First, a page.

Lawrence Dallaglio, 37, won 85 caps for England. He was also Wasps' captain until he retired in 2008. His sister Francesca was drowned in the Marchioness pleasure-boat disaster on the Thames at the age of 19. It's in the Blood: My Life was published in paperback last year and Rugby Tales came out in November.
I liked all the playing we did at breaks but saw most of the classes as spoiling the fun. St Osmund's was a really good Catholic primary school in Barnes, west London, but my parents decided to take me out of the state system and send me to an all-boys prep school. Francesca, my sister, scholarshipped to a ballet school, so they were able to afford to send me to a private school.
I enjoyed my sports at King's House and was in the choir. Michael Stuckey was a wonderful music teacher who made music fun. We sang at Andrew Lloyd Webber's wedding and on Tina Turner's "We Don't Need Another Hero". We also sang "Ave Maria" in Evita in the West End, which prepared you rather well for running on to the pitch at Twickenham in front of 80,000 people; I don't remember worrying about the audience.
The teaching at St David's House was very sound. You were prepared for the Common Entrance and my mother chose Ampleforth [a Benedictine Order boarding school]. I remember the headmaster of St David's saying: "I don't think so; that's a little ambitious for your son." That made my mother more determined. When I went to Yorkshire for the interview, Father Dominic Milroy said: "You were born on 10th August; what's special about that?" It came to me that this is St Lawrence's Day. "What's so special about that?" he asked. I said: "He's the head of the Order." I could see Father Dominic's face. It was a done deal.
I had loved London and the smell of urban life; suddenly I was in the middle of nowhere. It was as if I'd had all my toys taken away. I settled in and probably had too good a time; I wasn't one for rules.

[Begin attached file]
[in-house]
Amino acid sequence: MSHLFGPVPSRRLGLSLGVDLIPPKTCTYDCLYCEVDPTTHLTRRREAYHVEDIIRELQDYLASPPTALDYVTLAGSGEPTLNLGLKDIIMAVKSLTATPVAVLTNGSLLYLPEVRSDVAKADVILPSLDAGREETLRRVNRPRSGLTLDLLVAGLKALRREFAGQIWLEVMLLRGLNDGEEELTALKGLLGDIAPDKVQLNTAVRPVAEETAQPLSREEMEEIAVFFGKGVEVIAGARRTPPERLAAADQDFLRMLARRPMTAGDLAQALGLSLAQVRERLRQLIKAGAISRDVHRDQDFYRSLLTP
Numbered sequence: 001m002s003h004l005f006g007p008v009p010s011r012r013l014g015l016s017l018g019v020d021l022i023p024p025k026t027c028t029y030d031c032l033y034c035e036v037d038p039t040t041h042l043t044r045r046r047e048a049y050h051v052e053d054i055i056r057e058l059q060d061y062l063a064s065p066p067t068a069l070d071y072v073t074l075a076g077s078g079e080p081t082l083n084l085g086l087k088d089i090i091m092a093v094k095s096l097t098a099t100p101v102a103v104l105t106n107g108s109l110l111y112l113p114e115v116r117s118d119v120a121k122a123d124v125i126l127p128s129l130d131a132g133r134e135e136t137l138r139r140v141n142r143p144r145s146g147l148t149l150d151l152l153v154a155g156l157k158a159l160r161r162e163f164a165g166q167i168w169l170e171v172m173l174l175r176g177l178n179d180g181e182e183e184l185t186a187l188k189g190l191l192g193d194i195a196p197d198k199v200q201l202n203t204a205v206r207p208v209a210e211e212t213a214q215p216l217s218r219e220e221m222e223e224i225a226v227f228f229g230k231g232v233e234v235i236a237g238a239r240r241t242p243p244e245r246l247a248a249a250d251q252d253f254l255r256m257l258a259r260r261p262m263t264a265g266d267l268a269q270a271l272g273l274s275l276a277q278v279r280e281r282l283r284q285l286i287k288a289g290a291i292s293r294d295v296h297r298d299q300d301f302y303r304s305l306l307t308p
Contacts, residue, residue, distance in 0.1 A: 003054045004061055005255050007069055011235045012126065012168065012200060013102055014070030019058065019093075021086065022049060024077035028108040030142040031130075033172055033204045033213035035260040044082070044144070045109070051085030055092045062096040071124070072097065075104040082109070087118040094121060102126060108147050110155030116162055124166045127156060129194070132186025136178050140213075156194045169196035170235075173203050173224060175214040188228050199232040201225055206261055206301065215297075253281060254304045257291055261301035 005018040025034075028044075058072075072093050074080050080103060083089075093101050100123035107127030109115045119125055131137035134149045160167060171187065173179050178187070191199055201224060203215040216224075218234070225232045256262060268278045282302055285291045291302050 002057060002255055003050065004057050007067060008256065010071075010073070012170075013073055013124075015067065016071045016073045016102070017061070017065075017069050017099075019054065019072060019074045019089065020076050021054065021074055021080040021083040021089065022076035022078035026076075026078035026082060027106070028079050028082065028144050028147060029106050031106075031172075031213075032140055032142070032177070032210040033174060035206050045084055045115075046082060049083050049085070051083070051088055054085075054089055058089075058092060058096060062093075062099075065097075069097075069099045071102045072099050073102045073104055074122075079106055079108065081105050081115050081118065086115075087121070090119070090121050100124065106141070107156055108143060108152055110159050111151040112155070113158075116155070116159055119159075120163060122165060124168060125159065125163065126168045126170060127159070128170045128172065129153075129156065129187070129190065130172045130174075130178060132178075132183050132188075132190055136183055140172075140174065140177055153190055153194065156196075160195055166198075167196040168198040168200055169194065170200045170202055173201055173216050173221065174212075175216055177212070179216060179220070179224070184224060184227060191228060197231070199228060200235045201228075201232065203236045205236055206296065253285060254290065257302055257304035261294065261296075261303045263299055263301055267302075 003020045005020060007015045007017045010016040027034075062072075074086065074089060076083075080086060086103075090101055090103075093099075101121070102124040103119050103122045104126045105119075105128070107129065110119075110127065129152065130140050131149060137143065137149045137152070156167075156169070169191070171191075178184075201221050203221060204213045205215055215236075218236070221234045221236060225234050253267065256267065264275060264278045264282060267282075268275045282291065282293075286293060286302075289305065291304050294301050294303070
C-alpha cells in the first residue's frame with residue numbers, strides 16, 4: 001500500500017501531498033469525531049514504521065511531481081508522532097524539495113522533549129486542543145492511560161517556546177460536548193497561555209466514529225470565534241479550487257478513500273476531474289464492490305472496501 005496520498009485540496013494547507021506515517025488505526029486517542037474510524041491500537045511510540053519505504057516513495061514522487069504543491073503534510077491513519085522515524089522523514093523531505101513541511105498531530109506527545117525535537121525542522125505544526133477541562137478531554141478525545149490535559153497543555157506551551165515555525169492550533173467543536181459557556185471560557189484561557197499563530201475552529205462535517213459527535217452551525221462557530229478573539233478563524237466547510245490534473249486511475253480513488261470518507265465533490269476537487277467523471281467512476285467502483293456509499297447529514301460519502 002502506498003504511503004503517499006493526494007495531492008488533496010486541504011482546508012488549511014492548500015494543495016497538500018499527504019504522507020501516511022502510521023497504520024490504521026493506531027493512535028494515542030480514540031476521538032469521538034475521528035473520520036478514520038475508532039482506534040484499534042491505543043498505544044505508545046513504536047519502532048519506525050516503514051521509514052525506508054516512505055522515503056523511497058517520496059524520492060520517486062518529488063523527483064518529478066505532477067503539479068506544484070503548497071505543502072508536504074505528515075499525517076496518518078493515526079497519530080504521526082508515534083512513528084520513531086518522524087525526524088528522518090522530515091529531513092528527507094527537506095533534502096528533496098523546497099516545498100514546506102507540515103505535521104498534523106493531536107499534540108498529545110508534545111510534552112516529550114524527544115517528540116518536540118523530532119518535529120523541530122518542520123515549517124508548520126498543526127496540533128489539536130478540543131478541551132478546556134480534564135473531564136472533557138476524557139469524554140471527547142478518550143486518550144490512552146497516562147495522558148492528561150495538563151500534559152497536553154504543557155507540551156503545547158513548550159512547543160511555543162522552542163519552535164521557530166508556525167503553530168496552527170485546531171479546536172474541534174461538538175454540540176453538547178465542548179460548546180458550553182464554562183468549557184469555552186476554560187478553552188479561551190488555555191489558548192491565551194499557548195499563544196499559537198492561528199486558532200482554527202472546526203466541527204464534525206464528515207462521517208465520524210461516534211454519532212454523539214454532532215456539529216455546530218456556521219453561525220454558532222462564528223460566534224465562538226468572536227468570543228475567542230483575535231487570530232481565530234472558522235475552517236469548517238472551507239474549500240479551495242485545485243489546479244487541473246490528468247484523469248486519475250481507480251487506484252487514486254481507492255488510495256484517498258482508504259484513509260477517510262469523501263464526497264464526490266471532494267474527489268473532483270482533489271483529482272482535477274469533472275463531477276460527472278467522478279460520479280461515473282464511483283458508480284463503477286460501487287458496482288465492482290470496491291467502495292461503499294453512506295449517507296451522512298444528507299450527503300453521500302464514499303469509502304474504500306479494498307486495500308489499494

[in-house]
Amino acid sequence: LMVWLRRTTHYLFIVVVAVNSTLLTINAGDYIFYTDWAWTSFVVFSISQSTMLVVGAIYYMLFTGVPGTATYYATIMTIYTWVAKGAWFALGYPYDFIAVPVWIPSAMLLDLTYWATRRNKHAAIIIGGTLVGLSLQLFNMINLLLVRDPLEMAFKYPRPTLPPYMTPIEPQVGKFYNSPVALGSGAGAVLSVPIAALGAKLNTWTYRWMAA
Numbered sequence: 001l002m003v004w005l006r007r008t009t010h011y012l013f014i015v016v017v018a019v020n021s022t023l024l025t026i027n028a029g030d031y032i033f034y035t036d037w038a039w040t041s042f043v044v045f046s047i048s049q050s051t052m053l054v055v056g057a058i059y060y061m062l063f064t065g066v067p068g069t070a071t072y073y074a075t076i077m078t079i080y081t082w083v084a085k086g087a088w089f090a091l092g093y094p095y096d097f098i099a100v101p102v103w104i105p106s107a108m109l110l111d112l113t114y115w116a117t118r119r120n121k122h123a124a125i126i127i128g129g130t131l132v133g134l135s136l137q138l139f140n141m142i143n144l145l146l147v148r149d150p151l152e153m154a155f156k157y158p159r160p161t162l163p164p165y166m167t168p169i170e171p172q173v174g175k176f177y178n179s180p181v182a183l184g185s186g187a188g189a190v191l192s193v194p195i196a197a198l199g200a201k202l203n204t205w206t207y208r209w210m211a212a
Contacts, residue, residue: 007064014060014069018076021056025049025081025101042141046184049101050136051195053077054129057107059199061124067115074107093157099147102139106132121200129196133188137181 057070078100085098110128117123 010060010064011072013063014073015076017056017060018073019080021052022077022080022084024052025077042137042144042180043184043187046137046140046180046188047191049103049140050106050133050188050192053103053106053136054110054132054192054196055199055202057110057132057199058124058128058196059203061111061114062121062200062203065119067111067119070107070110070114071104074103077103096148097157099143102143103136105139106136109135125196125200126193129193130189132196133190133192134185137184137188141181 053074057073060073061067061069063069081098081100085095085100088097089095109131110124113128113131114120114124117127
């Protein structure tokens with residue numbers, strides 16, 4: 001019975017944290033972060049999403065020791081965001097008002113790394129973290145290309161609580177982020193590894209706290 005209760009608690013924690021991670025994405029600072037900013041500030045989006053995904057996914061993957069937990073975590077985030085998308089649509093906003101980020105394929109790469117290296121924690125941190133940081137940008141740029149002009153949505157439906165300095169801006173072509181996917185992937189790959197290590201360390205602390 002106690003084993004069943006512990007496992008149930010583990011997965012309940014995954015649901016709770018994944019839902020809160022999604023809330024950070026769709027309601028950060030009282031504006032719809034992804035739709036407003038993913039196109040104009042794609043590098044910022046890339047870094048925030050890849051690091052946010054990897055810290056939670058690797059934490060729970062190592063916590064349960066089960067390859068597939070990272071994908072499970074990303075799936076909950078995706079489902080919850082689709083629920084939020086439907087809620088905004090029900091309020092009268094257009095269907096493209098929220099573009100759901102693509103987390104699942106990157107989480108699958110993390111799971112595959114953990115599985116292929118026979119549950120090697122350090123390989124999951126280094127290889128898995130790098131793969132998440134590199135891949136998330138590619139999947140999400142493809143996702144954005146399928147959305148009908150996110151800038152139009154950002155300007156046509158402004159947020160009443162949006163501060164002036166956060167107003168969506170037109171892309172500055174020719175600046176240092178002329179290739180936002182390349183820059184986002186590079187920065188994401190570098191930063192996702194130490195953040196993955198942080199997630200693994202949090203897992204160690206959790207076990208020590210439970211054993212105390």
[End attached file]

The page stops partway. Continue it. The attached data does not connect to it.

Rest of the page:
My mother used to live in fear of the phone ringing and the housemaster saying: "Mrs Dallaglio, we need to talk about Lawrence." The method of punishment was that they'd wake you up 6am in the pitch black and give you a postcard which you'd have to deliver through the snow to a master's house two miles across the valley.
I remember playing at Twickenham for the first time when I was 11 or 12. There was a bit of a wow factor – but I loved all sports. At Ampleforth, rugby was second only to religion. All the eye could see was rugby pitches. I never made the first 15; I played in the second team, which thought it was the first team!
I got three O-levels a year early, none at spectacular grades. The next year was the first of the GCSE exams; I got eight. I went on to do A-levels in economics and business studies but the first year coincided with the loss of my sister [in the sinking of the Marchioness]. I was in shock and trauma. I left the school and started at d'Overbroeck's, a tutorial college in Oxford but got a job without sitting my A-levels. I then turned up to classes for the unemployed and also did a crash course of private tuition with a lovely guy who got me a C in the two A-levels.
Apart from getting into the four-year course in urban estate management at Kingston Poly, which I chose because it was near to the Wasps ground, I never used my A-levels. When I joined Wasps, they didn't ask: "How many A-levels did you get?"Reuse content